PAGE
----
Every day, Wall Street analysts upgrade some stocks, downgrade others, and "initiate coverage" on a few more. But do these analysts even know what they're talking about? Today, we're taking one high-profile Wall Street pick and putting it under the microscope...
No two ways about it: The Lyft (NASDAQ:LYFT) IPO has been a disappointment.
After opening for trading three weeks ago at a share price 20% above its offering price, Lyft stock has gone nowhere but down. As of this moment, at a share price just below $60, Lyft stock actually sells for 17.5% below its offering price -- and 24% below what investors ended up paying for Lyft by the end of its first day of trading.
Analysts are calling Lyft a "broken IPO" -- but perhaps not forever. This morning, the post-IPO quiet period preventing Lyft's IPO underwriters from making public comment on their client expired, and Wall Street rushed en masse to share their opinions of the stock's potential.
Wall Street weighs in
Surprise! The bankers who sold investors more than $2.3 billion worth of Lyft shares last month think this stock has a bright future.
Out of the 20 bankers who sold the public a combined 32.5 million Lyft shares in March, fully half now rate Lyft a buy (or an equivalent rating). Only one (which we'll get to in a moment) doesn't. Here's a quick sampling of some of the things they're saying about the ridesharing service this morning, courtesy of our friends at StreetInsider.com (subscription required).
UBS (1.98 million Lyft shares underwritten): Alongside Uber, Lyft is one of just "two players (w/ duopoly potential) attempting to utilize the shared economy model as a means to disrupt the North American transportation market." Monopolies are notoriously profitable companies, and duopolies (think Airbus and Boeing) only a bit less so. As such, UBS has high hopes that by "scaling riders (across an increasing array of transportation modes)" and "scaling drivers (thru incentives & brand affinity)," Lyft will build itself a "long runway for secular growth" -- enough to make the stock worth $82 within a year.
Piper Jaffray (260,000 shares): Farther out, Lyft has a good "10+ years" of "growth of ridesharing and autonomous tech" ahead of it. That being said, investors will need to be patient. Although the analyst predicts "solid near-term top line results" and improved market share, Lyft remains "materially unprofitable." Piper's expectation for Lyft stock, accordingly, is a bit more muted, with a $78 price target.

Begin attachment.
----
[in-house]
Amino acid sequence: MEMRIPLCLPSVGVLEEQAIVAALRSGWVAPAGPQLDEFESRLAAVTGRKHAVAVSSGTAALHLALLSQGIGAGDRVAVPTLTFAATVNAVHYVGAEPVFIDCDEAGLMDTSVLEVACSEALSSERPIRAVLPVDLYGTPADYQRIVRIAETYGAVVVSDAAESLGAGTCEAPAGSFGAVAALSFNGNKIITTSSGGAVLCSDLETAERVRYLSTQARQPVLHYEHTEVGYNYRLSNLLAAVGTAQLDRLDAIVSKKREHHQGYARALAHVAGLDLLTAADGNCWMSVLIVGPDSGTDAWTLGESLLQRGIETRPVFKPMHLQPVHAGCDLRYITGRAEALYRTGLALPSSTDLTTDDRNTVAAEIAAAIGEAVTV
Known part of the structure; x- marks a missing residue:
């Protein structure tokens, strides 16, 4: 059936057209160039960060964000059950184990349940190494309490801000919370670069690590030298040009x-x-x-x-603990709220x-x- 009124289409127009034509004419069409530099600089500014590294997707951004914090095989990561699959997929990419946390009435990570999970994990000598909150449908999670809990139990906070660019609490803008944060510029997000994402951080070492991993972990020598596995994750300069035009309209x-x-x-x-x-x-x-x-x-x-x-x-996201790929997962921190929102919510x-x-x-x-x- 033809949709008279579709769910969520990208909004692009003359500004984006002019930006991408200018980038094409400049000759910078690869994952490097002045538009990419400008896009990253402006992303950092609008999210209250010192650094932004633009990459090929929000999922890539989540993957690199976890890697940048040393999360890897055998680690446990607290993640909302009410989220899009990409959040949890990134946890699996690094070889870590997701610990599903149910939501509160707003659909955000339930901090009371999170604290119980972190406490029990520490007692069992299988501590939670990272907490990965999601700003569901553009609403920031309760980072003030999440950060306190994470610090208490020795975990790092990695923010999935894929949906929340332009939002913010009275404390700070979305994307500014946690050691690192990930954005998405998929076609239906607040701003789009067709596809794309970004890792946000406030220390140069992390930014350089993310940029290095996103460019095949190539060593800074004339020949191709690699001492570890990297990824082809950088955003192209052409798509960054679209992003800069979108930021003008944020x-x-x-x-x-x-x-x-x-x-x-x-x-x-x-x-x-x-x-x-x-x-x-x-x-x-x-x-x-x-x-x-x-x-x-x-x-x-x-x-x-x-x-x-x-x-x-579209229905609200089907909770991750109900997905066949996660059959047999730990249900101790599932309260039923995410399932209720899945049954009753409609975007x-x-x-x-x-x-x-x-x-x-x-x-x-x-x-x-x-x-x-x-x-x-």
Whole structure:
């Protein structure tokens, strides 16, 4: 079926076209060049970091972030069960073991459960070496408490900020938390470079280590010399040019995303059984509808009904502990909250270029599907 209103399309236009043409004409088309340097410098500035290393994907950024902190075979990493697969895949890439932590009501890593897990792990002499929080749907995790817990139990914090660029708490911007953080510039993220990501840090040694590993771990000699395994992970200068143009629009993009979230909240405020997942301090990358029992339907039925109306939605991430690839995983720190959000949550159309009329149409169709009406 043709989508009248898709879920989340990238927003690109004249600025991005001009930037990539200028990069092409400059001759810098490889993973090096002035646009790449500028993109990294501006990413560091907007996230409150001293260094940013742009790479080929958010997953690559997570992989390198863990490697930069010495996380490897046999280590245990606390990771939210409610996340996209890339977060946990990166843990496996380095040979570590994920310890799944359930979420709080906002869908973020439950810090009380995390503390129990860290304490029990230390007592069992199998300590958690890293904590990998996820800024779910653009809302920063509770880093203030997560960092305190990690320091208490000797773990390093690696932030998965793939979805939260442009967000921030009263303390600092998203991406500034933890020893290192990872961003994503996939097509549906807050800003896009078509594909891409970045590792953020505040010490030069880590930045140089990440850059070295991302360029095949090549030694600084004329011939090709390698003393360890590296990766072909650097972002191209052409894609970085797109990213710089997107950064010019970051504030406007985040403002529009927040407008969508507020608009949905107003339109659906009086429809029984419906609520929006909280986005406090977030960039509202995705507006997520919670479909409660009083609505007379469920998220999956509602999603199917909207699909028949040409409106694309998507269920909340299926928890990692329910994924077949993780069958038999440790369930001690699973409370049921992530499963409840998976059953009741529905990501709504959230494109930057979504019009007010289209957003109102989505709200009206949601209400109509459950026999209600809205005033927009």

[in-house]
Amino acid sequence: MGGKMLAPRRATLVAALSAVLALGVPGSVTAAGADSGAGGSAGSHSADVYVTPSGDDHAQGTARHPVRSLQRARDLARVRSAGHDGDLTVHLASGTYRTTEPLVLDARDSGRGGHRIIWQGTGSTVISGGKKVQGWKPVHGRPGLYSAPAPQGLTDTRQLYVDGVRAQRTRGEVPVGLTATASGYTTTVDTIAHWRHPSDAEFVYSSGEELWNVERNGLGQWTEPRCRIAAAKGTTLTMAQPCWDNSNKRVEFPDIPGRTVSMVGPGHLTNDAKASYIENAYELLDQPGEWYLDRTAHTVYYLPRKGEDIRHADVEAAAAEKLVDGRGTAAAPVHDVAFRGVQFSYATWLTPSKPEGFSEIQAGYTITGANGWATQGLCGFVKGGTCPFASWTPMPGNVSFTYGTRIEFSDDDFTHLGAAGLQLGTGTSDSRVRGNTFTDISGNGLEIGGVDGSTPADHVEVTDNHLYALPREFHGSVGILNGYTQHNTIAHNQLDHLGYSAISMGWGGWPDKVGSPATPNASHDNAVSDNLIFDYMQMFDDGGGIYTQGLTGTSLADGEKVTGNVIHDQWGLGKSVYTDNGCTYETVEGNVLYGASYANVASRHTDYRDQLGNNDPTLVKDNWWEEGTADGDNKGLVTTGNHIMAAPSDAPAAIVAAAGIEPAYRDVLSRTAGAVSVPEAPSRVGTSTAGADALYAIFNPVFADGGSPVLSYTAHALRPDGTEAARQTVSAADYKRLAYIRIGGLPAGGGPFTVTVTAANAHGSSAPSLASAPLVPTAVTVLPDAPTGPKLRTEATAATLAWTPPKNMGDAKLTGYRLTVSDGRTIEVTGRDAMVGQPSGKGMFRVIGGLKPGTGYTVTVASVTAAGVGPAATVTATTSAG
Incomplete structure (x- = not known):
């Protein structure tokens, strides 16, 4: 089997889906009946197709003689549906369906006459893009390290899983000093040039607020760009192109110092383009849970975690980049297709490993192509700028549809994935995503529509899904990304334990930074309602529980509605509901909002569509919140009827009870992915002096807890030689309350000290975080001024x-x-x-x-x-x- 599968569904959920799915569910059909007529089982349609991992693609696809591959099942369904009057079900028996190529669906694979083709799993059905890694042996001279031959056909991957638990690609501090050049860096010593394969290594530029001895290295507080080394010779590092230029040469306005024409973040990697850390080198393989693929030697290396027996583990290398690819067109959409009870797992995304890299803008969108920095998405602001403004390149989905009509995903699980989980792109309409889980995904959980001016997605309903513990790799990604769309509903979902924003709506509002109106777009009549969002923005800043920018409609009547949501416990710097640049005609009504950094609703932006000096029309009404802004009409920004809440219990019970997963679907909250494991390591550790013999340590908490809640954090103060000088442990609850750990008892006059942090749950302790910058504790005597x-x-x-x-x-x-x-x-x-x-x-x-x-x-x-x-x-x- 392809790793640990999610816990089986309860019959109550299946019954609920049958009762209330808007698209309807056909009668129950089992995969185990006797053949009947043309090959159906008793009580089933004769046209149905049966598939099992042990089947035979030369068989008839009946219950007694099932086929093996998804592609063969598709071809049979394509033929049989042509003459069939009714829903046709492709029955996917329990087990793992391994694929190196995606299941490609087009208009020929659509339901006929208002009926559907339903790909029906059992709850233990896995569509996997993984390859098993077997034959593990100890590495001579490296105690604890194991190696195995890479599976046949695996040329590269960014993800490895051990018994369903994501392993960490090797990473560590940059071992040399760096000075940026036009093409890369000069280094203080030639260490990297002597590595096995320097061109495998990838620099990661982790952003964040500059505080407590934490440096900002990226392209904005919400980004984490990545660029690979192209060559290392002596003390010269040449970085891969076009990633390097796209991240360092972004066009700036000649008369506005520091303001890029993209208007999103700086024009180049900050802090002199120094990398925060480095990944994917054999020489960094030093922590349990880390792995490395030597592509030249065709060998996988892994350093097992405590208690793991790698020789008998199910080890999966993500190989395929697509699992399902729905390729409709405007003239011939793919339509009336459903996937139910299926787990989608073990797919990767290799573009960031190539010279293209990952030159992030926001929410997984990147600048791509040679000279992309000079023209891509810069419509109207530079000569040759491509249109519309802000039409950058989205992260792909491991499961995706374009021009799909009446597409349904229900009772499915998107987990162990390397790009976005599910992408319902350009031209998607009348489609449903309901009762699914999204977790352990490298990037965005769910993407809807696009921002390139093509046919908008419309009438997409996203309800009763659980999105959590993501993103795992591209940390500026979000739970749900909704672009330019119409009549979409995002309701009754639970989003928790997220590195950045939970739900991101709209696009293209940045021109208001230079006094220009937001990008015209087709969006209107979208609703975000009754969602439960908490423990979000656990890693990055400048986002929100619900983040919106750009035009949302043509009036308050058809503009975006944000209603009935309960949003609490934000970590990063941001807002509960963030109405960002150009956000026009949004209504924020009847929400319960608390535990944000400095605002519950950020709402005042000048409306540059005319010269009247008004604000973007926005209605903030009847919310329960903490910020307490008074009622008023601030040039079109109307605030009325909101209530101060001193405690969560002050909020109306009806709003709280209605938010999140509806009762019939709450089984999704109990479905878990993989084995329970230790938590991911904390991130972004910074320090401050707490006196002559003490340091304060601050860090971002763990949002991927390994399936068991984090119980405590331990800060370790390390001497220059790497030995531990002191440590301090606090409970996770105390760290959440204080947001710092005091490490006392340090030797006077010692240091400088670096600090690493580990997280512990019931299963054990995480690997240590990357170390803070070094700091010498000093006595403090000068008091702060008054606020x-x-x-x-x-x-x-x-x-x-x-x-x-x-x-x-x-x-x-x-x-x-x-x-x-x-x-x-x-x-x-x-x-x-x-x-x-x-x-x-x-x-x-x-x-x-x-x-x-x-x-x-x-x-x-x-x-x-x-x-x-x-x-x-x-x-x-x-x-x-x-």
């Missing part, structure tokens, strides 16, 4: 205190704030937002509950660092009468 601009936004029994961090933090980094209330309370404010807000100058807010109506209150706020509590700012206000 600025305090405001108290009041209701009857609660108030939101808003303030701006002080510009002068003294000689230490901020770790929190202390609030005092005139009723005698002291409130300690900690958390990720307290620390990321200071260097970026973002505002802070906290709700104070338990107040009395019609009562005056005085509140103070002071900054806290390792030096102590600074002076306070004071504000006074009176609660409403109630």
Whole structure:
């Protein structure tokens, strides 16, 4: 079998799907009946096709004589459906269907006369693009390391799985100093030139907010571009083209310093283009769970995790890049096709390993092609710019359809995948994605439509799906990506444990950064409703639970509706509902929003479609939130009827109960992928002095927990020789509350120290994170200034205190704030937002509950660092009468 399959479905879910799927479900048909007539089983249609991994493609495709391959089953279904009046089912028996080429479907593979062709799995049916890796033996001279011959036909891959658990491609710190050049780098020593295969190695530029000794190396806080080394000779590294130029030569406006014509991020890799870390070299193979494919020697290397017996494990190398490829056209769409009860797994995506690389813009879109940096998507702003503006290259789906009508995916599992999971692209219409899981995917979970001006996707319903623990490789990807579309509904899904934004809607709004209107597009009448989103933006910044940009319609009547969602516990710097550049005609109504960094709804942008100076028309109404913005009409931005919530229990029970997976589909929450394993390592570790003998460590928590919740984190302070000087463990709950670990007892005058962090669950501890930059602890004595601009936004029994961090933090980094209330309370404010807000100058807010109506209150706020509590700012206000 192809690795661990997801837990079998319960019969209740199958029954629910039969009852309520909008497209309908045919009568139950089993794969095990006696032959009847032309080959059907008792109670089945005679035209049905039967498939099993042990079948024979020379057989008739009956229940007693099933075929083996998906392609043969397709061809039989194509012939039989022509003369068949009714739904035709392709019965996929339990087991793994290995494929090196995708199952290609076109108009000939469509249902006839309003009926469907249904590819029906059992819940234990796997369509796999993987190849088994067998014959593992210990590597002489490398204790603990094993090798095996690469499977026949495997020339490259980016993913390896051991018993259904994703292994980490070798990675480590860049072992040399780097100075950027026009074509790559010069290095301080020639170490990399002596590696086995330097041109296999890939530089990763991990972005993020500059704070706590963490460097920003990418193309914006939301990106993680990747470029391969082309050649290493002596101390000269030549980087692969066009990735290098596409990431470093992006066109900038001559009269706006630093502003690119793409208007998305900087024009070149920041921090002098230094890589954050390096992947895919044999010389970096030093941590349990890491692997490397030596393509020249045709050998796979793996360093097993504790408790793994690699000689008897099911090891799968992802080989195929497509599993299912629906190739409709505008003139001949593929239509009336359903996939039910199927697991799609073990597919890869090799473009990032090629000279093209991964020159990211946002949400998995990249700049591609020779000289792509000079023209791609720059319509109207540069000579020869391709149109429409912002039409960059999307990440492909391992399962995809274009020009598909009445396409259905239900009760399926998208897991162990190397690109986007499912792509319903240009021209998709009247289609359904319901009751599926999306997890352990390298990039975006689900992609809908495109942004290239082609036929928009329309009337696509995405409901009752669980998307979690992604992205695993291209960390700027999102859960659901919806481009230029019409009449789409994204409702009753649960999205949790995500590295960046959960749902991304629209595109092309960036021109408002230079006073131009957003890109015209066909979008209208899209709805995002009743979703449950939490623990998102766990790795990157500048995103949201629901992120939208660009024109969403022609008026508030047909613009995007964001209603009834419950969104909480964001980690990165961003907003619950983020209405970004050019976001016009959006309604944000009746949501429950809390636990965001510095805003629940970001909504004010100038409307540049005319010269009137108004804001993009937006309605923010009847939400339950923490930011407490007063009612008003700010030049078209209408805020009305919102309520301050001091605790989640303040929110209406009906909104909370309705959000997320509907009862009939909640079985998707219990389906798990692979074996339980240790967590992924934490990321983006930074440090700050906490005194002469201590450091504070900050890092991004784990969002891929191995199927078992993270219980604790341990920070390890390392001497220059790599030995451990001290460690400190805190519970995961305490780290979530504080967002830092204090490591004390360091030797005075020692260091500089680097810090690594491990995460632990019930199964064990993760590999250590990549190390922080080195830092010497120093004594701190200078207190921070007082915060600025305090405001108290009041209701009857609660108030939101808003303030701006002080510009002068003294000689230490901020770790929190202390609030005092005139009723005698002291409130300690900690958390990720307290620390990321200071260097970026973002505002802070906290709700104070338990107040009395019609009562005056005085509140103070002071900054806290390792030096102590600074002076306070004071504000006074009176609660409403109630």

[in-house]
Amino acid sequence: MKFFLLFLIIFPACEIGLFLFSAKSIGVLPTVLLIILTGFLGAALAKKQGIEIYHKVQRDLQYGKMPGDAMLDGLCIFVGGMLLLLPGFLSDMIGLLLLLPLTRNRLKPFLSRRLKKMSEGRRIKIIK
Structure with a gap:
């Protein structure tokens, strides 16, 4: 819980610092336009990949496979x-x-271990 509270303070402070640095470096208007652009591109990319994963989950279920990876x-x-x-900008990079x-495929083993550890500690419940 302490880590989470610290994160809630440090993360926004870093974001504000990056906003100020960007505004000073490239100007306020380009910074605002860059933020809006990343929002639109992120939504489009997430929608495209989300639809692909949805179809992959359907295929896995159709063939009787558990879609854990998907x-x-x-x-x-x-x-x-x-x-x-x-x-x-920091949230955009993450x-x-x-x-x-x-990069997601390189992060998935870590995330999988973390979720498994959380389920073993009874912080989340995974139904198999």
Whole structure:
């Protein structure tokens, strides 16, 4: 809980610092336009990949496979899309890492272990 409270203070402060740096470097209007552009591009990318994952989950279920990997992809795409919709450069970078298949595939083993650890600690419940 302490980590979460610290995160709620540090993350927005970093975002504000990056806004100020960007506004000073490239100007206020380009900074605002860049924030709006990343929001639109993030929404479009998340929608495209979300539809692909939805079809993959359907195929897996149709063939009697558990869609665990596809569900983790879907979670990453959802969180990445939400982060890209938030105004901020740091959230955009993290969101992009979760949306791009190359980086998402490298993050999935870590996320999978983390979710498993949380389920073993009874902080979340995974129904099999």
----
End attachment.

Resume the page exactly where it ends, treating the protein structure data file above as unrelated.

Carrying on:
JPMorgan (the lead underwriter at 10.4 million shares): Lyft's "scaled, high-growth" business can be expected to grow revenue 32% annually through at least 2021 as the company expands its core ridesharing business to cover other modes of transportation ranging from bikes and scooters to public transit to -- eventually -- autonomous vehicles. Like UBS, JPMorgan thinks $82 a share is a fair price to pay for Lyft.
Cowen (325,000 shares): Another thing worth noting, says Cowen & Co., is that "Lyft's riders skew younger, with rapid growth in A18-34 demos" that could foreshadow "rising profit / ride as Lyft scales." The company already boasts a 39% share of the ridesharing market. Despite all this, Cowen values Lyft stock at a more conservative $77 price target.
Credit Suisse (8.8 million shares): And finally, second only to JPMorgan in the number of Lyft shares it underwrote at the IPO, Credit Suisse is second to none in its unabashed cheerleading for Lyft. In today's initiation of coverage, Credit Suisse argues that the company's total addressable market may be even bigger than what JPMorgan describes above. "Lyft offers the consumer the option to rent transportation capacity on an as needed basis," and if you therefore view the entire transportation market as Lyft's demesne, well, the "US Dept. of Commerce and the Bureau of Economic Analysis [value that market] at $1.2" trillion.
Even scaling back its enthusiasm to focus on solely "urban" customers aged "18+," Credit Suisse says Lyft has a "Total Addressable Market" of "$745" billion in its sights, and with less than 4% of that market currently using ridesharing services, the $2.2 billion in revenue that the company took in last year is only the tip of the iceberg.
No wonder Credit Suisse thinks Lyft is worth $95 a share -- currently the highest estimate of any analyst out there.
KeyBanc calls a pause
In the context of so much enthusiasm, investors may be wondering: If Lyft is so good and its prospects so great, then why has Lyft stock been going down, not up, ever since its IPO? For that story, we turn to KeyBank -- the lone voice crying in the wilderness that Lyft shares might actually not be a buy, but merely a hold.
Alone out of the 20 analysts who underwrote Lyft's IPO, KeyBank today rated Lyft stock "sector weight" on concerns that although the company may hold "a unique and valuable strategic position," the prospects for growth in the ridesharing industry may not be as bright as some of KeyBank's peers believe. Both the size of the ridesharing market and Lyft's market share growth therein are bound to decelerate in the near future, warns the analyst in a note covered on TheFly.com. Indeed, meaningful profits may not arrive until autonomous software is advanced enough to permit the company to evolve into a true driverless car business -- an event that still seems to be several years away, in KeyBanc's estimation.
The upshot for investors
Until then, Lyft may remain what it is today: A company with a lot of potential, but slowing sales growth (revenue doubled last year, but it tripled the year before, according to data from S&P Global Market Intelligence) and accelerating losses (in 2017, losses grew only 1% year over year, but ballooned 32% in 2018 to more than $911 million).
Whatever the long term may hold, in the near term, Lyft investors might want to buckle up and prepare for more potholes than smooth asphalt in Lyft's earnings reports.